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In Re Estate of Ian A. F. Mcfadden, A Minor v. Kim Maccloskey and Associates

December 30, 2011


Appeal from the Circuit Court of Winnebago County. No. 07-P-362 Honorable Lisa Fabiano, Judge, Presiding.

The opinion of the court was delivered by: Justice Hutchinson

JUSTICE HUTCHINSON delivered the judgment of the court, with opinion. Justice Burkeconcurred in the judgment and opinion.

Justice Schostokspecially concurred, with opinion.


¶ 1 Respondent, the law firm of Kim MacCloskey & Associates, appeals the trial court's judgment that adjudicated respondent's attorney's lien to zero and extinguished respondent's claim for attorney fees pursuant to case law and the Attorneys Lien Act (the Act). 770 ILCS 5/1 (West 2006). Respondent contends that the trial court erred in interpreting the Act and abused its discretion when it determined that, pursuant to a quantum meruit theory, respondent was not entitled to attorney fees. We affirm.

¶ 2 This matter stems from personal injury litigation on behalf of Ian A. F. McFadden, a minor child, whose parents divorced five years prior to the child's injury. On February 13, 2003, petitioner, Tara Fuller, and James McFadden (James) obtained a judgment for dissolution of marriage. Petitioner was awarded full custody of the couple's two children, James Jr. and Ian. As of March 1, 2003, James was ordered to pay $367 per month in child support for the benefit of the children.

¶ 3 From March 1, 2003, through April 30, 2007, James was unemployed and failed to satisfy his child support obligations. On July 18, 2007, the trial court entered an order finding that James was $21,671.75 in arrears on his child support obligations and it issued a warrant for his arrest.

¶ 4 One month later, on August 21, 2007, 10-year-old Ian sustained a broken arm and multiple skull fractures after being struck by a tree limb that fell during tree removal operations performed by Tree Care Enterprises, an agent employed by the City of Rockford. On September 4, 2007, James, purporting to act in his capacity as Ian's father and next friend, retained the services of respondent to pursue a tort action relating to Ian's injuries.

¶ 5 On September 5, 2007, respondent sent notices of attorney's liens by certified mail to Tree Care Enterprises and the City of Rockford. The notices provided, in relevant part:

"[Y]ou are hereby notified that James McFadden on behalf of his minor son, Ian McFadden, has placed in my hands, as his attorney, for suit and collection, a claim, demand or cause of action, against you growing out of personal injuries he sustained on or about August 21, 2007, as a result of negligence or other conduct. James McFadden has agreed to pay me for such services ***."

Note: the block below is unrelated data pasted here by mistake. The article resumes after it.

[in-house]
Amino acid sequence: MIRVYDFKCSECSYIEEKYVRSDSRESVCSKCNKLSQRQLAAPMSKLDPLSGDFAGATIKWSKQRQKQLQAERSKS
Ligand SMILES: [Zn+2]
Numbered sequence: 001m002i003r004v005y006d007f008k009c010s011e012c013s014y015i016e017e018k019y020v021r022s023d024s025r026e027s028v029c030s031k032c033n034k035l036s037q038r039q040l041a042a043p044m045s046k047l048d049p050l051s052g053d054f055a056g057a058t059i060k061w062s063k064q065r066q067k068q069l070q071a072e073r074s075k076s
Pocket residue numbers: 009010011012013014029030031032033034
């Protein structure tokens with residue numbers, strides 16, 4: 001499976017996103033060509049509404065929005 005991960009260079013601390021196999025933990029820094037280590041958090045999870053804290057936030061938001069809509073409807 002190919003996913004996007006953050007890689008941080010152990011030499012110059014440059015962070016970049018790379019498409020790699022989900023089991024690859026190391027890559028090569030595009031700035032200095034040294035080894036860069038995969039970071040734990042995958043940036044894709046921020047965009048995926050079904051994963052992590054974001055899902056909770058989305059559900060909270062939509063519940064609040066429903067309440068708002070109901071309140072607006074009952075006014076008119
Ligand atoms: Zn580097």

Thereafter, respondent alleges, it performed legal research regarding strict liability based on ultrahazardous activities.

¶ 6 On September 5, 2007, petitioner, also purporting to act in her capacity as Ian's parent and next friend, retained attorney Anthony Kielty (petitioner's attorney) of the Law Office of Reno & Zahm, LLP, to pursue a personal injury action on Ian's behalf. On September 6, 2007, petitioner's attorney filed on petitioner's behalf a petition for guardianship of a minor, seeking to have petitioner appointed as guardian of the estate and person of Ian for the purpose of prosecuting Ian's personal injury claim.

¶ 7 That same day, September 6, 2007, respondent filed a complaint in the trial court on behalf of James, both individually and as next friend of Ian. The complaint alleged against Tree Care Enterprises and the City of Rockford negligence, res ipsa loquitur, strict liability, and counts under the family expense provision of the Rights of Married Persons Act (750 ILCS 65/15 (West 2006)).

¶ 8 Also on September 6, 2007, after respondent filed the complaint, petitioner's attorney notified respondent by letter that he had been retained to represent petitioner and Ian, and he asserted petitioner's right to act as Ian's representative. The letter further informed respondent that petitioner had filed a petition for guardianship, that James was not the custodial parent of Ian, that James was substantially in arrears on his court-ordered child support obligations for Ian's benefit, and that a warrant had been issued for James' arrest in connection with his child support arrearage. The letter directed respondent to take no further action with respect to Ian's personal injury action.

ΒΆ 9 Respondent verified the information alleged in the letter and spoke with James regarding the need to remedy the situation. Respondent provided James with the names and contact information of several attorneys who ...

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